Thursday, September 30, 2021

WOOFA Report

 September has not been a very productive month for me. I did finish my Greenhouse wall hanging:

After that I intended to sandwich and quilt two of my tops: Scrappy Mountain Majesties,

and Plaid-ish.

I got as far as finding backing fabric, and piecing batting for one of them, but then I stalled. So for October, my WOOFA (Working On Or Finishing A ...) project will be these two quilt tops. (Not that I can believe we are up to October already).

Linked to Cheryll's WOOFA post. I'm sure everyone else achieved more than I did this month! Check it out here.

Monday, September 27, 2021

Garden Tasks

One of my hellebores has produced a large crop of seedlings. I've popped a few in pots, and if they grow well I can pass them on to other gardeners:

This afternoon I spent a lovely hour or so trimming the crepe myrtles:

There are five of them here, although one is in shadow so hard to see in this photo. They are just about to burst into leaf, so I trimmed out crossing branches, and branches growing into the centres instead of out. It is something I used to do to the crepe myrtles in my old garden every year, but that I haven't done to these ones before.

Thursday, September 23, 2021


We frequently find furry caterpillars with red heads and legs around our block, on a few different plants, but have never been able to get anyone to identify what species they might be. So this is an attempt to find out:

Several caterpillars are now living in captivity in this box. If they successful pupate, we will find out what they turn into.

Saturday, September 18, 2021

Orchid Hunting

Today the plan was to attend a gathering of 10 people (maximum allowed under current restrictions) to hunt for orchids at Dereel and in Enfield State Park, both of which are in Golden Plains Shire. But from midnight last night Ballarat went back into lockdown for a week, meaning that half of the people who were planning to attend were not able to. Fortunately the person leading the hunt lives in Golden Plains Shire, so the hunt went ahead, and as residents of Moorabool Shire we were able to take part.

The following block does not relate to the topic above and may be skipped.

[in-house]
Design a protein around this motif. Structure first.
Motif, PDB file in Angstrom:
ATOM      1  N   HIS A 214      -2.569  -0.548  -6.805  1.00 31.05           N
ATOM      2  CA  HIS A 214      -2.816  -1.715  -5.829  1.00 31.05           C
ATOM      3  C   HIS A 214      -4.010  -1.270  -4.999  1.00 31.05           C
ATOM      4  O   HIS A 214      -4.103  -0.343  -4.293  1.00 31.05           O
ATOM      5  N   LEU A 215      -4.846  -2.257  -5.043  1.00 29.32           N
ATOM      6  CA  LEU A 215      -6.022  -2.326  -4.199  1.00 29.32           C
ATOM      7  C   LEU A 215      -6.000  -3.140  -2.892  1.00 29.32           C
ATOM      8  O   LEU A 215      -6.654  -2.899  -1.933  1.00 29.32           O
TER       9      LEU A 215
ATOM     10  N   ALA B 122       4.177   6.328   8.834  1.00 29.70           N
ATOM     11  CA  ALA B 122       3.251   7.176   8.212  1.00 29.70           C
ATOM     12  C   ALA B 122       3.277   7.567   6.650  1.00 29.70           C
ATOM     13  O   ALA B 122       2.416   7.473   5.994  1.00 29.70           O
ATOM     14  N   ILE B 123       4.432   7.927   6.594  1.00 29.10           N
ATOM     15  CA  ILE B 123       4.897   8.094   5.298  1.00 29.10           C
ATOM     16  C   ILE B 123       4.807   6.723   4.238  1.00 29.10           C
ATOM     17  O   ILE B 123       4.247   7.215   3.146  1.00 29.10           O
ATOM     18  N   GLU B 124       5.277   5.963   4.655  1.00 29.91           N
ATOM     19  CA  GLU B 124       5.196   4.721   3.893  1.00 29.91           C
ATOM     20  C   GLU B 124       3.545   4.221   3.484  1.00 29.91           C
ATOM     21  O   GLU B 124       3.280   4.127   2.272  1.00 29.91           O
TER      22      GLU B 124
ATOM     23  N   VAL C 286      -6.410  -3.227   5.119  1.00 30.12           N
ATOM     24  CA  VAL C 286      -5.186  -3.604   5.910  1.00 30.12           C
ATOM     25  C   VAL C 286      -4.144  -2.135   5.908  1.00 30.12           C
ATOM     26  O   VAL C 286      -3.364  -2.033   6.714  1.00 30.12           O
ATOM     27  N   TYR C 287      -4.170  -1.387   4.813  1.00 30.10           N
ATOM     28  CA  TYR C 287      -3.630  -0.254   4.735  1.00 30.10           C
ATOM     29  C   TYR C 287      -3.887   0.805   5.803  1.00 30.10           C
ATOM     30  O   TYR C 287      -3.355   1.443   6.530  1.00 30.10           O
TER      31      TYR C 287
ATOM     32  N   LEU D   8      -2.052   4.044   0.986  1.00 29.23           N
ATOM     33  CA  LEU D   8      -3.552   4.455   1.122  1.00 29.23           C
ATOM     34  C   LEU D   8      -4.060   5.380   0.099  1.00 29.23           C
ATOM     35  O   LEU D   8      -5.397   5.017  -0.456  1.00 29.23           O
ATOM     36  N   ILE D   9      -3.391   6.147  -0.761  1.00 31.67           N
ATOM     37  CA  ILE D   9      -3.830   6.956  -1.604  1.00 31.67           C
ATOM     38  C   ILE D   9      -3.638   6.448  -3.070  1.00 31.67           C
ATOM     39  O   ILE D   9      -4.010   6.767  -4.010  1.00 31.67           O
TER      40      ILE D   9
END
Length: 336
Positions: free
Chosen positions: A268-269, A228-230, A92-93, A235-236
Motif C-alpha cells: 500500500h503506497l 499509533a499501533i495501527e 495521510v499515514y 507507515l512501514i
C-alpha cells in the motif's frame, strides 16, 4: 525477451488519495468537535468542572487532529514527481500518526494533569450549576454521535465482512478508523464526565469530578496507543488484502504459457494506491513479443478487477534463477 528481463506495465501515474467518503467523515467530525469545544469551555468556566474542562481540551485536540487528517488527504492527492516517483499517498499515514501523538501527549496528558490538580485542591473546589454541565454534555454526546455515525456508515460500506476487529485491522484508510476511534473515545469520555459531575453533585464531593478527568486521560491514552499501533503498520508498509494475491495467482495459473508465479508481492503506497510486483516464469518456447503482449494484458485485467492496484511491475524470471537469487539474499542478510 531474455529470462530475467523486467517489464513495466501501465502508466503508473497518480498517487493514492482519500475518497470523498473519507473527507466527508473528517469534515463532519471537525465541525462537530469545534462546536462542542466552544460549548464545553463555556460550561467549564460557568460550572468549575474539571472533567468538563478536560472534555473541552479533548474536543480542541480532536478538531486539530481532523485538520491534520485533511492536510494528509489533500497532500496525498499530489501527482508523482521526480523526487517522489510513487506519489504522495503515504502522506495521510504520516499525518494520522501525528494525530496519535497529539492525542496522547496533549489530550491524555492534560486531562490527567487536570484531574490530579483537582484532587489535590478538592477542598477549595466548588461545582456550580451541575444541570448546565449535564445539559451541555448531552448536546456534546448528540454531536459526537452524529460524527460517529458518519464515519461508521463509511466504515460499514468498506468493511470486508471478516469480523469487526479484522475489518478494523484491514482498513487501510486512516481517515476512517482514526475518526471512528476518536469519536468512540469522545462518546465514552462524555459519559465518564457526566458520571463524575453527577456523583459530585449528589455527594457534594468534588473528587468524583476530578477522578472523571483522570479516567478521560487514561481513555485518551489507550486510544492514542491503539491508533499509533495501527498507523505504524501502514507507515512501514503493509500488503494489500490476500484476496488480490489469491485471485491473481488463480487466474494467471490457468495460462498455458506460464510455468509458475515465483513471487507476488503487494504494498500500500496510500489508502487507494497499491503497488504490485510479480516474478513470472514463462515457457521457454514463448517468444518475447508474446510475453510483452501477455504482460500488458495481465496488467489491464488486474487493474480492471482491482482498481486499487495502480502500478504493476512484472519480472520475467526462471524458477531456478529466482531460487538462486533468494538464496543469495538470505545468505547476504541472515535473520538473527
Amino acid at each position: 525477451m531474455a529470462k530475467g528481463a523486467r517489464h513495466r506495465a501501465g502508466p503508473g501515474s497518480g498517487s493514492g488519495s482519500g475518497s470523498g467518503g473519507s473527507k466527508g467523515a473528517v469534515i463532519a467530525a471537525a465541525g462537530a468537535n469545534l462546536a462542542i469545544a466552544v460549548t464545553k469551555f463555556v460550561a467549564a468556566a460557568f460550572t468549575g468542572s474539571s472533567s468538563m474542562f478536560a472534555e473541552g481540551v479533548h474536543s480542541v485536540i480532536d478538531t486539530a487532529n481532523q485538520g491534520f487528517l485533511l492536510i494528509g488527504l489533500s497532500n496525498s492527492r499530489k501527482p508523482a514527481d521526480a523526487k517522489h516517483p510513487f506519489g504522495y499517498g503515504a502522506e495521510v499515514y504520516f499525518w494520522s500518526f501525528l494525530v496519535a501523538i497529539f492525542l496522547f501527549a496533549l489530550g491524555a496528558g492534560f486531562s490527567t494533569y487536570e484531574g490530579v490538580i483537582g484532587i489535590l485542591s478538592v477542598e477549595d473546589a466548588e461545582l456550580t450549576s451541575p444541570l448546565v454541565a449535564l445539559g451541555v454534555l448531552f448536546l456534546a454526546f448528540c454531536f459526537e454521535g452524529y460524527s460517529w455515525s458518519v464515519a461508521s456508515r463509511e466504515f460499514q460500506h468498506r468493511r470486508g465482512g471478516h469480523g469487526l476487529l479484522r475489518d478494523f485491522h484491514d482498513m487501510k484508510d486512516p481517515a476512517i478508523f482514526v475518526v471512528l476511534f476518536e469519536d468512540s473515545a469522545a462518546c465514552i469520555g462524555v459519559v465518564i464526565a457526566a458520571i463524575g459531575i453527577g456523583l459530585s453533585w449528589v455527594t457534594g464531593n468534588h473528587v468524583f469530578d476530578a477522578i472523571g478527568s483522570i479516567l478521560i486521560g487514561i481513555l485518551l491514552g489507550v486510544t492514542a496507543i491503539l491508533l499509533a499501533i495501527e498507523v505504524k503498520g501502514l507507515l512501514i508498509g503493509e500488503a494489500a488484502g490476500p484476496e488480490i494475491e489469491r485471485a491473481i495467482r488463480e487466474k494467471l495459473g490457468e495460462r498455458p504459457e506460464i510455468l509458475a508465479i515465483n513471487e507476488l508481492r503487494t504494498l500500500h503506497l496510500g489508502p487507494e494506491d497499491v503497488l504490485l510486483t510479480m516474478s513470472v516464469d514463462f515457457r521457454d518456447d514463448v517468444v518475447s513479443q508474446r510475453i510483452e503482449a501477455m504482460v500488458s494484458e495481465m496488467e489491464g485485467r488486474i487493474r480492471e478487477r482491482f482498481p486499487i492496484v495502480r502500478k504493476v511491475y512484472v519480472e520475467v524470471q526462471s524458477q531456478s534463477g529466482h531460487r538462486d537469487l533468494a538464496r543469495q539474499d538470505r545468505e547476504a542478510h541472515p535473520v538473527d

Covid-safe orchid hunting:

Orchids we saw included:

Dwarf greenhood (Pterostylis nana):

Small gnat orchid (Cyrtostylis reniformis):

Waxlip orchid (Glossodia major):

I think this is a Pink lady fingers (Caldenia carnea), although that hasn't been confirmed by anyone:

Mayfly orchid (Acianthus caudatus):

I took many many photos, in the hope that some were in focus. These tiny flowers are not easy to photograph as the slightest breeze moves them. And I don't have a camera like these ones:

If you enlarge this photo you might just be able to see the orchids they are photographing. From memory they are bronze bird orchids, (Chiloglottis ×pescottiana).

I ended the day with photos of 10 different orchid species, and 20 other species of plants, insects and fungi that were mostly new to me. It was a successful day out for those of us who were lucky enough to be able to attend.

Thursday, September 16, 2021

The Garden in September

Lots of plants in the garden are waking up for spring. Here's what I found flowering today.

Spring stars:


The pink flowering quince was absolutely buzzing with bees:

But the red one which is also flowering seemed to have no bees in it at all.